As Roy writes in the Weekly Standard:
Among wealthy nations, two of the best performers on per-capital public health care spending are Switzerland ($1,628 per person in 2010) and Singapore (just $813). It’s no accident that according to the Heritage Foundation’s 2014 Index of Economic Freedom, Switzerland ranked fourth-freest and Singapore ranked second. (The U.S. was a distant 12th.)
Why do Switzerland and Singapore do so well? Because they harness market forces to offer high-quality coverage at a low price. There are no government-run insurers in Switzerland; about two-fifths of the population qualifies for means-tested premium subsidies, while everyone else purchases unsubsidized private insurance. Singapore has a universal system of consumer-driven health savings accounts and high-deductible insurance. Neither are libertarian utopias, but both are considerably freer than the government-fueled disaster in the United States.
Switzerland and Singapore provide the inspiration for Roy’s recently released health care plan,Transcending Obamacare: A Patient-Centered Plan for Near-Universal Coverage and Permanent Fiscal Solvency, published by the Manhattan Institute. Here’s Roy’s description of the plan:
The plan would replace the entire suite of government-run health care programs: not just Obamacare, but also Medicare, Medicaid, and the VA. Over thirty years, we estimate that it would reduce federal spending by $10.5 trillion, make the Medicare Trust Fund permanently solvent, and reduce the cost of single health insurance policies by 17 percent.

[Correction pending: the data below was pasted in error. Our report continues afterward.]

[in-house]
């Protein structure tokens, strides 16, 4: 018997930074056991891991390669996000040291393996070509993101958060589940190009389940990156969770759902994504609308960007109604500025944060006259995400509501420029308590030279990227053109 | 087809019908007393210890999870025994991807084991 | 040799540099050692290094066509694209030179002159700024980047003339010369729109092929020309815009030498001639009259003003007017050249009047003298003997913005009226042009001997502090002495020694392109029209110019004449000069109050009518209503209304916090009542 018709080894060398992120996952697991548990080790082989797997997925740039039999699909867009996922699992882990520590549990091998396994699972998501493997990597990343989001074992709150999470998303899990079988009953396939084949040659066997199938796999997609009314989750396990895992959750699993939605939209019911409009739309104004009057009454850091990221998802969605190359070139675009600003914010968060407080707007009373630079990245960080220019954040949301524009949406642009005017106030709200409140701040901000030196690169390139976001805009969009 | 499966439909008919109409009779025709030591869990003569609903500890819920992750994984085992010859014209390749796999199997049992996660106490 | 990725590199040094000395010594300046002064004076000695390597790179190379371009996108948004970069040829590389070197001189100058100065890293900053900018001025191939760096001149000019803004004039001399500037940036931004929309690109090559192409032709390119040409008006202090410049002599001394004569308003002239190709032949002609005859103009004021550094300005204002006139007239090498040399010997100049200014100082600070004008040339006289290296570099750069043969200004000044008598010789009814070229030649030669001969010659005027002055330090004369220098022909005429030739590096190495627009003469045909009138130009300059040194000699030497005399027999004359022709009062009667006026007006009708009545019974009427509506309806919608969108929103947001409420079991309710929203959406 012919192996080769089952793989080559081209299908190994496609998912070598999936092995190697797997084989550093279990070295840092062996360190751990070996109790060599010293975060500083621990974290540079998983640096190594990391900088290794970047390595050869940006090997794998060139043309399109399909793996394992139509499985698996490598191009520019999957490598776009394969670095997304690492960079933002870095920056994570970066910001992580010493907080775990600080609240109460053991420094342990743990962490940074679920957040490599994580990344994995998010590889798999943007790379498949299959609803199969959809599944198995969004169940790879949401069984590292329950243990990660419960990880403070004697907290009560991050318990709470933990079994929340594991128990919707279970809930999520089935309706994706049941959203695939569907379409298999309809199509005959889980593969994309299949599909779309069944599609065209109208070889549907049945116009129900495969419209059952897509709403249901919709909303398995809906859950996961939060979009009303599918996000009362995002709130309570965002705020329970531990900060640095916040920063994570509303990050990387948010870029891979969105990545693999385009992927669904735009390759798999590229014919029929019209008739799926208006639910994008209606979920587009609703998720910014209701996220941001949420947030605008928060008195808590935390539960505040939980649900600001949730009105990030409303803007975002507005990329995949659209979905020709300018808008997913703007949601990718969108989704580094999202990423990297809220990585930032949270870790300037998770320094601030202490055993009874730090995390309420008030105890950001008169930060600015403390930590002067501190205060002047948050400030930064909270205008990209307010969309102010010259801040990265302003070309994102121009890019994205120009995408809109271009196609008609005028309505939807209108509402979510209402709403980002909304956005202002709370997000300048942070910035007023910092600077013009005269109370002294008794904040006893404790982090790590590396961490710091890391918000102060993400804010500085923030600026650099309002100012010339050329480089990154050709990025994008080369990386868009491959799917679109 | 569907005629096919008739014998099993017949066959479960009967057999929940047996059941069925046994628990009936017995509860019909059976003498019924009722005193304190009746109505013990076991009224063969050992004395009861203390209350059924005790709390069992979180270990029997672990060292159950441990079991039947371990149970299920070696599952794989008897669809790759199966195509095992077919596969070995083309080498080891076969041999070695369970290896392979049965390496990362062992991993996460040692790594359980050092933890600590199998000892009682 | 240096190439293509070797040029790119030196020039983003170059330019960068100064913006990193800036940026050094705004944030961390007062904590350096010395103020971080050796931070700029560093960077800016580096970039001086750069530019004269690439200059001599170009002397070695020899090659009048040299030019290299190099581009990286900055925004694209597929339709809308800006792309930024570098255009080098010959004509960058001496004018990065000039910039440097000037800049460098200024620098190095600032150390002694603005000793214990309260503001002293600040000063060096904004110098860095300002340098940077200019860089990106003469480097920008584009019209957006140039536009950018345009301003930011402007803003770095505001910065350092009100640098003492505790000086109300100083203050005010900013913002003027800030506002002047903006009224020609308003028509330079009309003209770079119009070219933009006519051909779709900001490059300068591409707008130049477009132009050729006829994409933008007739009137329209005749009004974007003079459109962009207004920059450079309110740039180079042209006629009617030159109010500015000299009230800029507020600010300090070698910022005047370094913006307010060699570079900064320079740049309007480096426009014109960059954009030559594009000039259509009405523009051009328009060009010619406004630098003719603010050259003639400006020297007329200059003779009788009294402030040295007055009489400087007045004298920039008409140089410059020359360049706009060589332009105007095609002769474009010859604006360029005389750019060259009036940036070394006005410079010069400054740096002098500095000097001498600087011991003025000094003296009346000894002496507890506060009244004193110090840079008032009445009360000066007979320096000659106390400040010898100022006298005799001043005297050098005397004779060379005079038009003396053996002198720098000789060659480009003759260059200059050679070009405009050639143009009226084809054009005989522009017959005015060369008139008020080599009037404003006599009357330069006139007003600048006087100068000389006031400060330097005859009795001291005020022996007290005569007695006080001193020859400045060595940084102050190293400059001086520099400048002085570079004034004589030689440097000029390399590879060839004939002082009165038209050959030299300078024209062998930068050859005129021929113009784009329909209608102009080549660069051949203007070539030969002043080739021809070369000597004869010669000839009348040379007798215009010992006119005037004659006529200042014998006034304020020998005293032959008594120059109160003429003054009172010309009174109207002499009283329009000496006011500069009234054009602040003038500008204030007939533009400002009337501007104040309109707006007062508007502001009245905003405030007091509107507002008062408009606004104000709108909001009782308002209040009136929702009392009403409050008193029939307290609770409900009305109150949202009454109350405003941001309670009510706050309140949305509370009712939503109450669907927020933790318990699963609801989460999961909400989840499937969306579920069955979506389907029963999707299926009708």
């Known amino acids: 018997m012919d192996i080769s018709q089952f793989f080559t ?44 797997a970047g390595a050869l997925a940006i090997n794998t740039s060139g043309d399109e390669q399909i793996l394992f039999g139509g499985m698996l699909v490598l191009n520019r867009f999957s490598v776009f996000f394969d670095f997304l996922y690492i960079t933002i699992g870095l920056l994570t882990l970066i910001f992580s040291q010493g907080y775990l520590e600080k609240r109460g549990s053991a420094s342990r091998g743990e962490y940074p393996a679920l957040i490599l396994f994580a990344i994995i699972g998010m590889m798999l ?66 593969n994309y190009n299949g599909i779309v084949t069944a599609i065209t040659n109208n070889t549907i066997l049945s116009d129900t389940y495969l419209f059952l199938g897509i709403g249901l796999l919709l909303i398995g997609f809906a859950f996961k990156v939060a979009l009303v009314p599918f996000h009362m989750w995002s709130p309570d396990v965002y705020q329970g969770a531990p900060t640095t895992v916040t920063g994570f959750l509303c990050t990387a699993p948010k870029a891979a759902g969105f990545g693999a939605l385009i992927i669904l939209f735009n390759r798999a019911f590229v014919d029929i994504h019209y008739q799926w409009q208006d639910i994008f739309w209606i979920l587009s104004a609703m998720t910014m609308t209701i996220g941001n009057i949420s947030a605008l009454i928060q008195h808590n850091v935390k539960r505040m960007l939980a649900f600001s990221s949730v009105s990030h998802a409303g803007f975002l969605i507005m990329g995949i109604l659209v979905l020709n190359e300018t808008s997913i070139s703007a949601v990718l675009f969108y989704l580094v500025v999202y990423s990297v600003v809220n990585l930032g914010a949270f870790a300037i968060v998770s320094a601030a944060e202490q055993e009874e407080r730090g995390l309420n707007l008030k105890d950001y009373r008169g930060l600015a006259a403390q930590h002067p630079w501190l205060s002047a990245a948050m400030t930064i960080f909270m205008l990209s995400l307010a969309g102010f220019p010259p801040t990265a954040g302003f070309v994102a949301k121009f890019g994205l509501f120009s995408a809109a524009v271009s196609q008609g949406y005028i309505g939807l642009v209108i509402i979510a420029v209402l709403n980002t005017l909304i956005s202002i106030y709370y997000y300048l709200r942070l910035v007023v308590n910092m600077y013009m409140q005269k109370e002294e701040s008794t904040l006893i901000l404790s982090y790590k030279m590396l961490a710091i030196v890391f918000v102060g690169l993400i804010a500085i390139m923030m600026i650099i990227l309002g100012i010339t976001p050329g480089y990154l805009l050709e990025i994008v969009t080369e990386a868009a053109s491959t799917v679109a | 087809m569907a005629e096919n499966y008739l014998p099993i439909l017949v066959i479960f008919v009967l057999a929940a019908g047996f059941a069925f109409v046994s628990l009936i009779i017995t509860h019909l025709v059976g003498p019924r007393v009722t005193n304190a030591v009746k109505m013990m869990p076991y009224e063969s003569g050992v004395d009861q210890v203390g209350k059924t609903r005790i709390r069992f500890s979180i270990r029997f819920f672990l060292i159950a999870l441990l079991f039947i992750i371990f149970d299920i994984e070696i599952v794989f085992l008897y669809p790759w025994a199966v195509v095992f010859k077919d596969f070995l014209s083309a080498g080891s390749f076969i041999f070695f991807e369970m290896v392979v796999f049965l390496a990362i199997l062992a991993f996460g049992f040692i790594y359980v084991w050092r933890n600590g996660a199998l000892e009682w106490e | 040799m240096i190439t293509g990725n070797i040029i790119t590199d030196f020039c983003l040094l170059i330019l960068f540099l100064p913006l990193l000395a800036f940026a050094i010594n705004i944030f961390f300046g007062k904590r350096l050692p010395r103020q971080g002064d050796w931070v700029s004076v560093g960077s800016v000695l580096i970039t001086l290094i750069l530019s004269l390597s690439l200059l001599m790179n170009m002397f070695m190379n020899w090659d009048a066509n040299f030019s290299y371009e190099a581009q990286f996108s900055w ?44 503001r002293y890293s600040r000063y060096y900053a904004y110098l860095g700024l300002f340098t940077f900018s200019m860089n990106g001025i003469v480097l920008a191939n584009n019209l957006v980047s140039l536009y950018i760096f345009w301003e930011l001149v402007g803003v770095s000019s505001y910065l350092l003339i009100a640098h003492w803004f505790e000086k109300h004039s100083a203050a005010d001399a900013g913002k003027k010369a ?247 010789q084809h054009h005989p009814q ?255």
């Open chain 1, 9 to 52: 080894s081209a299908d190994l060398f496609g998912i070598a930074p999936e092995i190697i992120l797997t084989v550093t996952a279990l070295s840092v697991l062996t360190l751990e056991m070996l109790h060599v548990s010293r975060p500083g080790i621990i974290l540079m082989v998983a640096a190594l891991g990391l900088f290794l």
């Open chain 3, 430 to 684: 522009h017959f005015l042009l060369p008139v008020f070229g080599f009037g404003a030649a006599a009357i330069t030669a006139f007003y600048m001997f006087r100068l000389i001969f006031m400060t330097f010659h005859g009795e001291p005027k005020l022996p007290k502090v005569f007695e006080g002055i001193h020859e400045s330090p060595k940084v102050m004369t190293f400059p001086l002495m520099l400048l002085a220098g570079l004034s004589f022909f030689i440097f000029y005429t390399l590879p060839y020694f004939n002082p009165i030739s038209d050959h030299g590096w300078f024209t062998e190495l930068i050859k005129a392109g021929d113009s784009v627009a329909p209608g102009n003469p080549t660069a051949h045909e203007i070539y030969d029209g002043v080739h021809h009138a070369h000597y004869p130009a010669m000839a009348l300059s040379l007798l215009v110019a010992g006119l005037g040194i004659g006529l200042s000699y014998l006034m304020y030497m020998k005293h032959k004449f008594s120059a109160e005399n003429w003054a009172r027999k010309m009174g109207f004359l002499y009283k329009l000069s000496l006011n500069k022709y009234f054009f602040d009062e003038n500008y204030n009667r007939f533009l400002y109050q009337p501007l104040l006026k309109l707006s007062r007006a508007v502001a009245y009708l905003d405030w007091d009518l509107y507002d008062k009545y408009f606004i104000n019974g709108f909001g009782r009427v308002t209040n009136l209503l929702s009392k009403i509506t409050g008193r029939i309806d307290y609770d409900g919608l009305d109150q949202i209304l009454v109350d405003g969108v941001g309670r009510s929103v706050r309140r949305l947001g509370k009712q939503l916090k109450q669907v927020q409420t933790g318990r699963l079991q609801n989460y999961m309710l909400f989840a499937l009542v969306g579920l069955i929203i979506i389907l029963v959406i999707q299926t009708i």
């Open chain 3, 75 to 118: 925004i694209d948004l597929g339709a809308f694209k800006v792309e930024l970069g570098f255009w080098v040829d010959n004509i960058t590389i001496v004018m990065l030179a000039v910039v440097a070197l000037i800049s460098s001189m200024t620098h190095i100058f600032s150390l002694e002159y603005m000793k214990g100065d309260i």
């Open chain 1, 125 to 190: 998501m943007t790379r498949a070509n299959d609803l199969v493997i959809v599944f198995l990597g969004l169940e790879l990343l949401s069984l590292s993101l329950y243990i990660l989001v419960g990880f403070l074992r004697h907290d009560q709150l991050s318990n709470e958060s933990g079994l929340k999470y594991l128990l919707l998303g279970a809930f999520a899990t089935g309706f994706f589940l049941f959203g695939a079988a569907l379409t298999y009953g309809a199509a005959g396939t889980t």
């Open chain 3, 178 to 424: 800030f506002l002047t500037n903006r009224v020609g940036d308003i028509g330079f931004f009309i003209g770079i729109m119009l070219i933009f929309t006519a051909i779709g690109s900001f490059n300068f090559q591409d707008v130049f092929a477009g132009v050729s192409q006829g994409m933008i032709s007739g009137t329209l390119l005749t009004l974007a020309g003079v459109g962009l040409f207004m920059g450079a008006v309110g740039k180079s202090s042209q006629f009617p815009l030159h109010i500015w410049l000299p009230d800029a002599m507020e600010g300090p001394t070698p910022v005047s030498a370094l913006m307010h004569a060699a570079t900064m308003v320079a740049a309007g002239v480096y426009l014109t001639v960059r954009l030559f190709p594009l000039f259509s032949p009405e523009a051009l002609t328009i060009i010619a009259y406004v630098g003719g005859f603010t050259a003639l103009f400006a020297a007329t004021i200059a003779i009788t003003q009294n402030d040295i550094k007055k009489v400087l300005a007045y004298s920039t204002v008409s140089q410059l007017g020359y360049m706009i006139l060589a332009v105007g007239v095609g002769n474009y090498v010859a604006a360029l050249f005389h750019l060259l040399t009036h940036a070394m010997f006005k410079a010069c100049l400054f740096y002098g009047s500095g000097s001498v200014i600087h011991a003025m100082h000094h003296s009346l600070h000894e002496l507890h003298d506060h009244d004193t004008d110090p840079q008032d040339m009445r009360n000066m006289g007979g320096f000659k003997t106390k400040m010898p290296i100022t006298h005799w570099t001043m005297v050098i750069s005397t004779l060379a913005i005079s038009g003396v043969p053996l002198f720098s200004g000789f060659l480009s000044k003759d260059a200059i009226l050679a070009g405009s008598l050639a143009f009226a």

It would repeal nearly all of Obamacare’s tax hikes, its constitutionally injurious individual mandate, and a large swath of Obamacare’s federal insurance regulations. Over time, it would fully replace single-payer health care in the U.S. with what conservatives have long favored: tax credits for the purchase of high-deductible health insurance and health savings accounts. In other words, it would take the number of Americans on single-payer health care from over 100 million in 2017 to nearly zero.
Because the plan deregulates the delivery of health insurance, it makes coverage far more affordable; we estimate that 12 million more Americans would have health insurance under the plan than under Obamacare, despite the fact that the plan substantially reduces federal and state health spending.
Read more of Roy’s plan in the Weekly Standard.